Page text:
Number problems at primary level that may require resilience.

Alf describes how the Gattegno chart helped a class of 7-9 year olds gain an awareness of place value and of the inverse relationship between multiplication and division.

Number problems at primary level to work on with others.

Four of these clues are needed to find the chosen number on this grid and four are true but do nothing to help in finding the number. Can you sort out the clues and find the number?

In the multiplication calculation, some of the digits have been replaced by letters and others by asterisks. Can you reconstruct the original multiplication?

This article for primary teachers encourages exploration of two fundamental ideas, exchange and 'unitising', which will help children become more fluent when calculating.

Becky created a number plumber which multiplies by 5 and subtracts 4. What do you notice about the numbers that it produces? Can you explain your findings?

Number problems at primary level that require careful consideration.

Which is quicker, counting up to 30 in ones or counting up to 300 in tens? Why?

The Scot, John Napier, invented these strips about 400 years ago to help calculate multiplication and division. Can you work out how to use Napier's bones to find the answer to these multiplications?

Can you substitute numbers for the letters in these sums?

Find the sum of all three-digit numbers each of whose digits is odd.

Try out this number trick. What happens with different starting numbers? What do you notice?

What do the digits in the number fifteen add up to? How many other numbers have digits with the same total but no zeros?

Have a go at balancing this equation. Can you find different ways of doing it?

What is the sum of all the digits in all the integers from one to one million?

Find the values of the nine letters in the sum: FOOT + BALL = GAME

Three people chose this as a favourite problem. It is the sort of problem that needs thinking time - but once the connection is made it gives access to many similar ideas.

Amazing as it may seem the three fives remaining in the following `skeleton' are sufficient to reconstruct the entire long division sum.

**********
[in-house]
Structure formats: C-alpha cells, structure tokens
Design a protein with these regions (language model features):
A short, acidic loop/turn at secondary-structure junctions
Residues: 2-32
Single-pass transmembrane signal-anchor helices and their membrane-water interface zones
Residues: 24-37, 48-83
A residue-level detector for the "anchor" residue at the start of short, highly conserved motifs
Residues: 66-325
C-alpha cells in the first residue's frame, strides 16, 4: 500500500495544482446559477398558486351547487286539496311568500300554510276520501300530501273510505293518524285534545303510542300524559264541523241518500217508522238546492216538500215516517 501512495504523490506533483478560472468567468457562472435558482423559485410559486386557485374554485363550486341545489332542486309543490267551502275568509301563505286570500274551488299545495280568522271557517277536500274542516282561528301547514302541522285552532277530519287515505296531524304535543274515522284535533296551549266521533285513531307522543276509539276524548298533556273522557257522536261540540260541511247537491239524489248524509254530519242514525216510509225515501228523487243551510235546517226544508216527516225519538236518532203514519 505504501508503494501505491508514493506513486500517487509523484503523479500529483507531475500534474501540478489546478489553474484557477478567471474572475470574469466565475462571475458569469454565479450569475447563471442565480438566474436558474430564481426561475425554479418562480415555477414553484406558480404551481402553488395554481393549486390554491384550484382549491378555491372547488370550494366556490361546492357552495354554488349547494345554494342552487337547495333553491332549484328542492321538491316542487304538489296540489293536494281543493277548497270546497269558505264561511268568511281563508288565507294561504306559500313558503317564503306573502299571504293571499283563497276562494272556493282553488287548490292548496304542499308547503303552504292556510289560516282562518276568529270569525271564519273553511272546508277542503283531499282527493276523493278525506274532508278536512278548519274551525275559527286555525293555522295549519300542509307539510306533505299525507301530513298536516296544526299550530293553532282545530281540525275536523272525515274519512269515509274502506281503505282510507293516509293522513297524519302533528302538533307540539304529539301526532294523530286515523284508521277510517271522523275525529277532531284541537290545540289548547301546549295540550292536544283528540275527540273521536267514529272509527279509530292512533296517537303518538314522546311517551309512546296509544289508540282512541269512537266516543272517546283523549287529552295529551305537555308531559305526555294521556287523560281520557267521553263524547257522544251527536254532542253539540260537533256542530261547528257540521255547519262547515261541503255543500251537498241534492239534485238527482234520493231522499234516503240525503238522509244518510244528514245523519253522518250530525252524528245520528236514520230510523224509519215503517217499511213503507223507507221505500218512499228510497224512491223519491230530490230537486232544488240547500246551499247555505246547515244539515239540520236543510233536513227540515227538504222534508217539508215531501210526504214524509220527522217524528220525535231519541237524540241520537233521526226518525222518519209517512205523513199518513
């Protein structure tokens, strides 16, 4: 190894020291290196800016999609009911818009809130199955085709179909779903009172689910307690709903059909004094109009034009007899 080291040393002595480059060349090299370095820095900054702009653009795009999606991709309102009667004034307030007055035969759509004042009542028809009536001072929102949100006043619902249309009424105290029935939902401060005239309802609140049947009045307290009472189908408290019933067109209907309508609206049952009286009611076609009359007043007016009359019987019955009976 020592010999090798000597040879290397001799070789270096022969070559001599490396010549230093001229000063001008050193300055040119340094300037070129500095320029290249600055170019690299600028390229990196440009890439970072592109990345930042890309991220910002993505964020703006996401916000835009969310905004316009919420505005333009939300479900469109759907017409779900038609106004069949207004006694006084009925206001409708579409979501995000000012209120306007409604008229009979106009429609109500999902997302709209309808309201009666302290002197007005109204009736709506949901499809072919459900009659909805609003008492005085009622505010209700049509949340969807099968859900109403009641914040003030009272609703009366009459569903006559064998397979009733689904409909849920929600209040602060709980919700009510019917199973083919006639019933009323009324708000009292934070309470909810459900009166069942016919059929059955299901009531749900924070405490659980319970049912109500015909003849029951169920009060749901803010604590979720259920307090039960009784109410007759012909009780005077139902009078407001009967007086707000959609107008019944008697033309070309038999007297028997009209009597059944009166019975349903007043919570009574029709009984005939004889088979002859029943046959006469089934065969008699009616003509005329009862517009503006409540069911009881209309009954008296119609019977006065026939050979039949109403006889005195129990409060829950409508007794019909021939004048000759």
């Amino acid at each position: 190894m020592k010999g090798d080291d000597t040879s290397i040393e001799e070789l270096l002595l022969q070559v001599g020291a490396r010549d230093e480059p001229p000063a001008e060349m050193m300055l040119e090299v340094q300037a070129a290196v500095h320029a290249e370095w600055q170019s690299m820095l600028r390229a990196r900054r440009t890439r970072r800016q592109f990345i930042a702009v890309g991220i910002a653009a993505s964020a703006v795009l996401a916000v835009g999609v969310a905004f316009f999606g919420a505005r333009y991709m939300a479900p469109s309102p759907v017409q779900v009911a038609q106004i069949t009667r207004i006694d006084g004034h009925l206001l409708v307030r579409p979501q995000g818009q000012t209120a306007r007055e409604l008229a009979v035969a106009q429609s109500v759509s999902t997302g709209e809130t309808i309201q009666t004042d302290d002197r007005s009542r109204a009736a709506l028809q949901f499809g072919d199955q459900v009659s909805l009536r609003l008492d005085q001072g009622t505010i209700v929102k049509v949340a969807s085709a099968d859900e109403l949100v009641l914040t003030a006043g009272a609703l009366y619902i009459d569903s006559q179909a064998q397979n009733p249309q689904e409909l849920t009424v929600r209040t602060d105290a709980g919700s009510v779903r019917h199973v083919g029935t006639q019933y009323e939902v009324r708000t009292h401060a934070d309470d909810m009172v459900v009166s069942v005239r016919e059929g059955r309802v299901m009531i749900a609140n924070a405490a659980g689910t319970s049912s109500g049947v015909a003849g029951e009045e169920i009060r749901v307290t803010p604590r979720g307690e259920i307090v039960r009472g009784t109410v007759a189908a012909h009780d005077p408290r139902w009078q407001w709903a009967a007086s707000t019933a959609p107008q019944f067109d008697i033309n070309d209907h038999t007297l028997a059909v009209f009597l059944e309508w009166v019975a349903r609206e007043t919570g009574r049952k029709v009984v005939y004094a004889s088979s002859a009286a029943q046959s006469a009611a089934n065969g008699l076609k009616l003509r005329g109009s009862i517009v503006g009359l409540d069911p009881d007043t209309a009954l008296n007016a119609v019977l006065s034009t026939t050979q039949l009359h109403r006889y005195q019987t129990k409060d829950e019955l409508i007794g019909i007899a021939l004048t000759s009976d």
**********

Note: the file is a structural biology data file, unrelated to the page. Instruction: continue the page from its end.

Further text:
A three digit number abc is always divisible by 7 when 2a+3b+c is divisible by 7. Why?

In this article, Alf outlines six activities using the Gattegno chart, which help to develop understanding of place value, multiplication and division.

The letters in the following addition sum represent the digits 1 ... 9. If A=3 and D=2, what number is represented by "CAYLEY"?

There are six numbers written in five different scripts. Can you sort out which is which?

Can you replace the letters with numbers? Is there only one solution in each case?

Investigate the different ways these aliens count in this challenge. You could start by thinking about how each of them would write our number 7.

Start by putting one million (1 000 000) into the display of your calculator. Can you reduce this to 7 using just the 7 key and add, subtract, multiply, divide and equals as many times as you like?

Can you complete this calculation by filling in the missing numbers? In how many different ways can you do it?

This multiplication uses each of the digits 0 - 9 once and once only. Using the information given, can you replace the stars in the calculation with figures?

In this 100 square, look at the green square which contains the numbers 2, 3, 12 and 13. What is the sum of the numbers that are diagonally opposite each other? What do you notice?

Can you work out some different ways to balance this equation?

Choose any 3 digits and make a 6 digit number by repeating the 3 digits in the same order (e.g. 594594). Explain why whatever digits you choose the number will always be divisible by 7, 11 and 13.

Try out some calculations. Are you surprised by the results?

Powers of numbers behave in surprising ways. Take a look at some of these and try to explain why they are true.

How many solutions can you find to this sum? Each of the different letters stands for a different number.

Can you arrange the digits 1,2,3,4,5,6,7,8,9 into three 3-digit numbers such that their total is close to 1500?

What happens when you round these three-digit numbers to the nearest 100?

A school song book contains 700 songs. The numbers of the songs are displayed by combining special small single-digit cards. What is the minimum number of small cards that is needed?

How many more miles must the car travel before the numbers on the milometer and the trip meter contain the same digits in the same order?

Take any four digit number. Move the first digit to the end and move the rest along. Now add your two numbers. Did you get a multiple of 11?

Each child in Class 3 took four numbers out of the bag. Who had made the highest even number?

More upper primary number sense and place value tasks.

This addition sum uses all ten digits 0, 1, 2...9 exactly once. Find the sum and show that the one you give is the only possibility.

This article develops the idea of 'ten-ness' as an important element of place value.

A game to be played against the computer, or in groups. Pick a 7-digit number. A random digit is generated. What must you subract to remove the digit from your number? the first to zero wins.

One of the key ideas associated with place value is that the position of a digit affects its value. These activities support children in understanding this idea.

Pick the number of times a week that you eat chocolate. This number must be more than one but less than ten. Multiply this number by 2. Add 5 (for Sunday). Multiply by 50... Can you explain why it. . . .